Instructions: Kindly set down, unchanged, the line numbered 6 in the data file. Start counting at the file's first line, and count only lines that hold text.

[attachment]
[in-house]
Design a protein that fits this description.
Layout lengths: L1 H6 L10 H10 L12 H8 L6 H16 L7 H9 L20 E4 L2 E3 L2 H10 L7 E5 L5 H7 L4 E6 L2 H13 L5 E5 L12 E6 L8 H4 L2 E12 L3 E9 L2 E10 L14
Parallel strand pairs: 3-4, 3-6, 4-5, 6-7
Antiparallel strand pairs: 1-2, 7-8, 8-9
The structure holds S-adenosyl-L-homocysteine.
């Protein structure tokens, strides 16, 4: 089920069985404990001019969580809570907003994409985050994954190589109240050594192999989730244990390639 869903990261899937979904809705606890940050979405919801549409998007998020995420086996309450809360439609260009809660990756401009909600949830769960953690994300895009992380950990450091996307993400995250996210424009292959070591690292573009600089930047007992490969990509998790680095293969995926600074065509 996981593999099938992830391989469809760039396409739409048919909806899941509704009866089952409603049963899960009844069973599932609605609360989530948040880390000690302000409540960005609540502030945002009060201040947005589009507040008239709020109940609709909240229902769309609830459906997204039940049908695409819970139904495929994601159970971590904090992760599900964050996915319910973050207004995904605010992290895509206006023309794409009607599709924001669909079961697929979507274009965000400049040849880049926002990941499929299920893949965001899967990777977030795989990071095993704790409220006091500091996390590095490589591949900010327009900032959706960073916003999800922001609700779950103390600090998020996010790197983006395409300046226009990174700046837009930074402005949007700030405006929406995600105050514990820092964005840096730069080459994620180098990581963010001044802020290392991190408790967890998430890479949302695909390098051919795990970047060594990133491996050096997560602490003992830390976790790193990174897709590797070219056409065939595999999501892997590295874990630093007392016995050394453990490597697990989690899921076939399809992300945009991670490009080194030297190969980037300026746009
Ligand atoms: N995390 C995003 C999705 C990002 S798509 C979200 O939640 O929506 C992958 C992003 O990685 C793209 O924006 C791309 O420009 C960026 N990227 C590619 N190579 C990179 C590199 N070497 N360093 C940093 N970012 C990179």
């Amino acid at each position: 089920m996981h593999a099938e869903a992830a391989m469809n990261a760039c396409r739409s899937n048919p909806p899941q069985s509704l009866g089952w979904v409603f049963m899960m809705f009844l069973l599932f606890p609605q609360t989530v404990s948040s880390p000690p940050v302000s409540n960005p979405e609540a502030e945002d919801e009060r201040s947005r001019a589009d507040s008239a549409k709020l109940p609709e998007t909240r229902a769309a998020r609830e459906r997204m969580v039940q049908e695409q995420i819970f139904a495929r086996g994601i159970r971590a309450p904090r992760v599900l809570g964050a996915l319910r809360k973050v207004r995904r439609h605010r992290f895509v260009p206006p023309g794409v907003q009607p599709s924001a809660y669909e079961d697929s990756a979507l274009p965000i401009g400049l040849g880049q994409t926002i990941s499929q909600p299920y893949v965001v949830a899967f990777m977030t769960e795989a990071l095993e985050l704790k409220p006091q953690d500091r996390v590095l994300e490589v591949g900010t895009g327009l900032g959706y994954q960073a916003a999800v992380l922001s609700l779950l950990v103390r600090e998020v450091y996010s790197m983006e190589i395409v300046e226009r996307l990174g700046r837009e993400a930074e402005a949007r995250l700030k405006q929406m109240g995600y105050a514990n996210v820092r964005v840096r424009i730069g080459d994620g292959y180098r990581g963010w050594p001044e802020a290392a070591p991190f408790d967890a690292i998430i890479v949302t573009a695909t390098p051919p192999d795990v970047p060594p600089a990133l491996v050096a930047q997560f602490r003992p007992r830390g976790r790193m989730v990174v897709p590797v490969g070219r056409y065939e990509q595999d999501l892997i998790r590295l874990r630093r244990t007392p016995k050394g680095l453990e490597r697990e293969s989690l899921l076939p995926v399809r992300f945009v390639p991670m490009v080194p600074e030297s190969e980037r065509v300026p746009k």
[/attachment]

The structure holds S-adenosyl-L-homocysteine.